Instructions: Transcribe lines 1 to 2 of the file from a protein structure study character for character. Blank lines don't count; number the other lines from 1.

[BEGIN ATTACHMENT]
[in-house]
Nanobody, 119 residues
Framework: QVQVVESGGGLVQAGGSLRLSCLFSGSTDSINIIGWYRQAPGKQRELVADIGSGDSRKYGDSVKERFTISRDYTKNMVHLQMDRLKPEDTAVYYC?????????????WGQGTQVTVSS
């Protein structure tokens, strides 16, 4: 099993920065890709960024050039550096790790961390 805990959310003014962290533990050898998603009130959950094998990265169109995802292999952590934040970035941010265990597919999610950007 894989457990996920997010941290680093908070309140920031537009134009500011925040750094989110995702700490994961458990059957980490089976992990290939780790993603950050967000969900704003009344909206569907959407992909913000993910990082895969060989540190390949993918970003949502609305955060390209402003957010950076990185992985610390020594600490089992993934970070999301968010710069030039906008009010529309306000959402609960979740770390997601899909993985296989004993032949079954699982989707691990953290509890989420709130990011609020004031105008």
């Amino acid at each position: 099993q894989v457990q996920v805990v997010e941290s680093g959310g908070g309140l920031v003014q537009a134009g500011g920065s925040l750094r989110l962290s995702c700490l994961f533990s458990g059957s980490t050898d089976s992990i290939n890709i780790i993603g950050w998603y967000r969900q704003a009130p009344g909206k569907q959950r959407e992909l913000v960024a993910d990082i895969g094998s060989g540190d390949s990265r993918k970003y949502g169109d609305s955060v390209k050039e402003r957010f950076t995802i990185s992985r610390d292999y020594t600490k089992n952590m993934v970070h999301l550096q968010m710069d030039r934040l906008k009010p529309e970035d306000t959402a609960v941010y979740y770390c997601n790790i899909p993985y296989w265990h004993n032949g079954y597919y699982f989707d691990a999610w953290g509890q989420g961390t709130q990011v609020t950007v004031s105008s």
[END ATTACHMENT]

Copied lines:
[in-house]
Nanobody, 119 residues